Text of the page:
“This transvaginal mesh has even affected my family.”
Jodi, a nurse, suffered from urinary incontinence. She needed a hysterectomy for another issue so her doctor advised that she have the AMS mesh implanted at the same time. Just two days after surgery she had pain on one side of her groin and initially associated it with the hysterectomy. But she soon came to believe that the transvaginal mesh was the problem.
In 2012, Jodi went back to her surgeon six times, but clearly this issue was out of his league. She went back and forth to other specialists and a pain clinic, but no one could diagnose why she was in so much agony. She even had injections into her hip bone, thinking it was a bone problem.
“He finally referred me to a specialist at the Pelvic Floor Clinic in Calgary, but it took over a year to see her,” Jodi says. And she had another year of pain to deal with.
“A procedure at the clinic found the mesh in the wrong place, but I don’t know how that happened,” Jodi explains. “The specialist confirmed what I already knew: that this TVM sling is causing all the pain. And at least half of it has to be removed. She also said that there might be answers - why it has moved - during my surgery.”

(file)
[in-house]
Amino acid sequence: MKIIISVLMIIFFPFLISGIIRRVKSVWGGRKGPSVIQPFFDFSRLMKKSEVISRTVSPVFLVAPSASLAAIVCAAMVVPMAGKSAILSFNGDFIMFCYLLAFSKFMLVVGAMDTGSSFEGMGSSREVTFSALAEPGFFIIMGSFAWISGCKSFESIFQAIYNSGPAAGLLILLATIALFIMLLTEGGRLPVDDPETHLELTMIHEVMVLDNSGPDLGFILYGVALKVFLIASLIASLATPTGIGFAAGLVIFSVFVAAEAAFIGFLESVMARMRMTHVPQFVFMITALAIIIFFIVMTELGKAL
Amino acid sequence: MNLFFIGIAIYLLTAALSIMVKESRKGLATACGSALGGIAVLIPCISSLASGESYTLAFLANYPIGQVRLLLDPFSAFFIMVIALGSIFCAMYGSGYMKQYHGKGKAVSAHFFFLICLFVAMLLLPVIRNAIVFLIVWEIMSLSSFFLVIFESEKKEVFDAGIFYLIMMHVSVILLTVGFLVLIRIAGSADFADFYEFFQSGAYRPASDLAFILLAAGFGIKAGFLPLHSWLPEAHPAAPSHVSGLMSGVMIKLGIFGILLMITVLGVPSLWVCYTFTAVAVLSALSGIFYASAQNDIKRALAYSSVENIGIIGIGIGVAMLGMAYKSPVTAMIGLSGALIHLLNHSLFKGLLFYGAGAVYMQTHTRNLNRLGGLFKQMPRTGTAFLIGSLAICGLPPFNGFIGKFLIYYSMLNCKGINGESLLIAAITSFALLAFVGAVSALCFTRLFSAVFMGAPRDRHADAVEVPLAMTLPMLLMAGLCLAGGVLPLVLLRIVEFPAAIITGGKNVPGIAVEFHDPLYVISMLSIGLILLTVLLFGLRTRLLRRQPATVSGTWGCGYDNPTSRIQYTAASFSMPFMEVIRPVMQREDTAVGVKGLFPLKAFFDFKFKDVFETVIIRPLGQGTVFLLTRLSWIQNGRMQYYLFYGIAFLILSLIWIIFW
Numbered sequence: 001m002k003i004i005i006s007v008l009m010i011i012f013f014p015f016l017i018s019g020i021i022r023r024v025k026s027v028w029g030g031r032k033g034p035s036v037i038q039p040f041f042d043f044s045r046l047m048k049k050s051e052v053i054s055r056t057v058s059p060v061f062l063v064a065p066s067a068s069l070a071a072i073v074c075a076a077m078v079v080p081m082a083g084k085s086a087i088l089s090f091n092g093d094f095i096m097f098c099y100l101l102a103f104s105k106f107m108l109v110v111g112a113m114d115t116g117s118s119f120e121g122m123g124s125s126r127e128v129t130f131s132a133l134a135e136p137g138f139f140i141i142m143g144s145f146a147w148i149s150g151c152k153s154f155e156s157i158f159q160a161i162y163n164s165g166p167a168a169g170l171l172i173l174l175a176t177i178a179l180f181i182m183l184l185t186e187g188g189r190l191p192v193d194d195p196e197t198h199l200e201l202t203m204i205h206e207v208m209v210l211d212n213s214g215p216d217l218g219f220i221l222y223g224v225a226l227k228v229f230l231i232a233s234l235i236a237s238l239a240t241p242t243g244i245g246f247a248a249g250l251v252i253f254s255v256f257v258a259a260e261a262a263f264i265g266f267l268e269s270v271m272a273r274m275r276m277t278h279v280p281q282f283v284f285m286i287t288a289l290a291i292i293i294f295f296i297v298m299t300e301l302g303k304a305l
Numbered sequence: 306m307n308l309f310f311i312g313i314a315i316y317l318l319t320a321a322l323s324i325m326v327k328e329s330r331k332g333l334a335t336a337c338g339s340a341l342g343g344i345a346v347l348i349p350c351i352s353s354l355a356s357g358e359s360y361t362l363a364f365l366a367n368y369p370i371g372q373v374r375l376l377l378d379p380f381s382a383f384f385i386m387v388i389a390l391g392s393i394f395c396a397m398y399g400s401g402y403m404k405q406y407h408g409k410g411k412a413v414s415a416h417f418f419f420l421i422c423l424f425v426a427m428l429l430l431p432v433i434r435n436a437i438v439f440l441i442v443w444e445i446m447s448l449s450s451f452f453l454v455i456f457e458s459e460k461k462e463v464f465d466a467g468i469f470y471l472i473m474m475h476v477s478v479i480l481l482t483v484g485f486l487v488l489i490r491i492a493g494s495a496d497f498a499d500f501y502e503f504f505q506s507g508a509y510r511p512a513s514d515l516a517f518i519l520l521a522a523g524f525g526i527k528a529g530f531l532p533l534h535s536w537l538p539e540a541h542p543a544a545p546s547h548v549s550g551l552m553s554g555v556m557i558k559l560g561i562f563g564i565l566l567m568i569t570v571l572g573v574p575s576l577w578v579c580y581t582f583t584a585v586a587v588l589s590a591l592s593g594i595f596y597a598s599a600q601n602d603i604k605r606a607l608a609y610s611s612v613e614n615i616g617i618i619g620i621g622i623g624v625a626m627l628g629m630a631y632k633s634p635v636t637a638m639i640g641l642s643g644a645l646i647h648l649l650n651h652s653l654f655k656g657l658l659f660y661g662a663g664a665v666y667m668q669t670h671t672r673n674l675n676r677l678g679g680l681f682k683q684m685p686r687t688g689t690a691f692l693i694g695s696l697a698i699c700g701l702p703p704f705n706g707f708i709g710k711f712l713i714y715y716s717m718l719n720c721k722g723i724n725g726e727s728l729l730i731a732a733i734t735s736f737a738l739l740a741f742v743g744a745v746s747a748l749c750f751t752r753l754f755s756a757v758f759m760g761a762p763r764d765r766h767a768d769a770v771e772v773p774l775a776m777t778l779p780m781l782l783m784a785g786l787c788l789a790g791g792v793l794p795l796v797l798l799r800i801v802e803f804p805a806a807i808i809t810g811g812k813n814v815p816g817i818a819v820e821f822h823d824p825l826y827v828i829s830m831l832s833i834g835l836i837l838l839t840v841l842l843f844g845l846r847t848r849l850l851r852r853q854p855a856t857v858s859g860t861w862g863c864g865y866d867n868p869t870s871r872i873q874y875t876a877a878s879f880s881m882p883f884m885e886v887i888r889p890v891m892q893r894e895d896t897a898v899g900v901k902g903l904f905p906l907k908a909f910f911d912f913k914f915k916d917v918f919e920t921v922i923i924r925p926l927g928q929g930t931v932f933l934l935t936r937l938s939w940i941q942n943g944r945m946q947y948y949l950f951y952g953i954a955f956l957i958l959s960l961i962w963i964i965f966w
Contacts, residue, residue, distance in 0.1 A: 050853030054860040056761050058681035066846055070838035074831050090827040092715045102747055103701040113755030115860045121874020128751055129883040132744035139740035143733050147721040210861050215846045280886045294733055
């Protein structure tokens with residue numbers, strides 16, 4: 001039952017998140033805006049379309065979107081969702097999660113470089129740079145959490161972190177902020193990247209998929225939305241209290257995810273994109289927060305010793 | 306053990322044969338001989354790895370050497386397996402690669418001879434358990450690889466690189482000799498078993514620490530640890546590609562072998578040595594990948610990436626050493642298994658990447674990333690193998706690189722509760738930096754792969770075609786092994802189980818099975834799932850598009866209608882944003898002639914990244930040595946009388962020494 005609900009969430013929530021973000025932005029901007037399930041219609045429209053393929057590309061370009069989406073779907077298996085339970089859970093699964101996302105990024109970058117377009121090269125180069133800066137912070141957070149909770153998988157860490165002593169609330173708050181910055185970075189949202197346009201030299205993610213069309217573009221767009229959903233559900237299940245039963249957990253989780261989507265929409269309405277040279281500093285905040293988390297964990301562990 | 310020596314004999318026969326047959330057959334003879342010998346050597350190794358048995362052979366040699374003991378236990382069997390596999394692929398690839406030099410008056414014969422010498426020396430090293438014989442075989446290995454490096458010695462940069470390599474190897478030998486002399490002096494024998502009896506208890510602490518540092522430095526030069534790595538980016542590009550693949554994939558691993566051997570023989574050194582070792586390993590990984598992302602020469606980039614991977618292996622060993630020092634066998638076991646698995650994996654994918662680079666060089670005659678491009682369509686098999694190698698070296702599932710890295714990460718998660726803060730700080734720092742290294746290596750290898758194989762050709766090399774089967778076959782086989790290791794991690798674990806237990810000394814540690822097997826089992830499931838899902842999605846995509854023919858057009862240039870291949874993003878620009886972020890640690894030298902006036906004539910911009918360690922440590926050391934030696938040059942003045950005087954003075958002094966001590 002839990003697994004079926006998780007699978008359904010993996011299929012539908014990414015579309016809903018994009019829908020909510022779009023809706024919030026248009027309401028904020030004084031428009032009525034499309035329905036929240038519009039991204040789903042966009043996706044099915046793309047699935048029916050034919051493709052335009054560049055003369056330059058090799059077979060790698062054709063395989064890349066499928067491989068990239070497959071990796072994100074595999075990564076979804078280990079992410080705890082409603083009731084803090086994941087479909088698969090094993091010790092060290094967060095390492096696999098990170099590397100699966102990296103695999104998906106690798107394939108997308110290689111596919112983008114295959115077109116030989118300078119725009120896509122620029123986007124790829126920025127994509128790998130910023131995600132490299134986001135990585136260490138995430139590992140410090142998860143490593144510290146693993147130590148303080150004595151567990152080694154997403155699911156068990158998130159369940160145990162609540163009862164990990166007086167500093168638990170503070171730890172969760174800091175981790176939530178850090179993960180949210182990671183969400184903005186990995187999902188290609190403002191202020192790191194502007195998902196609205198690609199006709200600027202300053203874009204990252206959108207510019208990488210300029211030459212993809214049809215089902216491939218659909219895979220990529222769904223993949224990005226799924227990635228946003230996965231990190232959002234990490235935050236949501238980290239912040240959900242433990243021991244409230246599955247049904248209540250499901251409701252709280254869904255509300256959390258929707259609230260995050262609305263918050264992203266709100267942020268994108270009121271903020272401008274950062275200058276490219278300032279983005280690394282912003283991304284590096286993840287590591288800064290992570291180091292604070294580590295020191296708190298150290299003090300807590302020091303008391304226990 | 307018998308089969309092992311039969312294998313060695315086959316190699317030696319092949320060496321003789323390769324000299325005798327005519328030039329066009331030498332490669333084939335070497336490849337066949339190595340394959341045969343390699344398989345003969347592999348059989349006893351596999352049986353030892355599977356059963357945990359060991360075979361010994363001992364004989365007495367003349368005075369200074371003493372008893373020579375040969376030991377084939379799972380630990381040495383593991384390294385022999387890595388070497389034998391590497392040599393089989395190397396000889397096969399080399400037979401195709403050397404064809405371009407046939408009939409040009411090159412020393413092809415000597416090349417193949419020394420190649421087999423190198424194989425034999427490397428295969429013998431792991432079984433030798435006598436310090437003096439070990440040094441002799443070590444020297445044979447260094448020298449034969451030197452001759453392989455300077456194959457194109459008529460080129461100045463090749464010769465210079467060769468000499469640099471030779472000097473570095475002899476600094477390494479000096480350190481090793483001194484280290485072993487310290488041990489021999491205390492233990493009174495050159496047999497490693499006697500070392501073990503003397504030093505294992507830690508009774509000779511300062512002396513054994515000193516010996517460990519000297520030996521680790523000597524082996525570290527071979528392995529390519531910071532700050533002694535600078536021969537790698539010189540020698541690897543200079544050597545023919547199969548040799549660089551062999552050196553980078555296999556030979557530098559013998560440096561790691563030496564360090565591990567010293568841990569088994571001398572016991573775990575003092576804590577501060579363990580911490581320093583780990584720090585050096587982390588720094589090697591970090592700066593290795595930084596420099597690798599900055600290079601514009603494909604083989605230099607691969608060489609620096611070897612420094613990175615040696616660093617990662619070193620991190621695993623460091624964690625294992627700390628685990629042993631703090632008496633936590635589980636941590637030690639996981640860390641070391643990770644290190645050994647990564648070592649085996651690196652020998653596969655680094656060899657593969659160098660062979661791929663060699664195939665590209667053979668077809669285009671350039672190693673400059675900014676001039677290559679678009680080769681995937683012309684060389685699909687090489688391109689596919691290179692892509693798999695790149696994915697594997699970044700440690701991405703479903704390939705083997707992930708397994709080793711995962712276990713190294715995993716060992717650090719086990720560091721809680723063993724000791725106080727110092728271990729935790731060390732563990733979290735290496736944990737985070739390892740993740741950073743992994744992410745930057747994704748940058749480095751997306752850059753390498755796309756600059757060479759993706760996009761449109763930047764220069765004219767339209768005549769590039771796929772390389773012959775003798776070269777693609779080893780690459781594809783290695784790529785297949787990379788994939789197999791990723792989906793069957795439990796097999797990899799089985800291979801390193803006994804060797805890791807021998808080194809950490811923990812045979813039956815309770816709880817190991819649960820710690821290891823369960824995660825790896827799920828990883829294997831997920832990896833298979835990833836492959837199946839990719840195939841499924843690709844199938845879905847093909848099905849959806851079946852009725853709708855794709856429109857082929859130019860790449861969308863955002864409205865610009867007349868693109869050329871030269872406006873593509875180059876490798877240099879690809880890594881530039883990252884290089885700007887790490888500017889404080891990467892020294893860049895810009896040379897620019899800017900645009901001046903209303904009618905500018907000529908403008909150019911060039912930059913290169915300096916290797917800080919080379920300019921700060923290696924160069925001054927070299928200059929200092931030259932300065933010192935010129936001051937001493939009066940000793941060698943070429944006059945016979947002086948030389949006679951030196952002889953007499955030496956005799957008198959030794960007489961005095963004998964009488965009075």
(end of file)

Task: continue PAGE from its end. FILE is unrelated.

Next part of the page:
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Jodi won’t know for certain whether the surgeon is in any way to blame until her new surgeon removes the mesh. Meanwhile, she is almost housebound.
“When I move, this mesh feels like a rubber band that snaps back,” she explains. “The pain is so bad it almost collapses me to my knees. It feels like I pulled a muscle in my groin. Nothing relieves it. I’ve tried heat, stretching, all kinds of exercises. I am so angry that I need another surgery. I am angry that my kids have to suffer (I’m a single mum) and most of all, I’m angry with the mesh manufacturer.”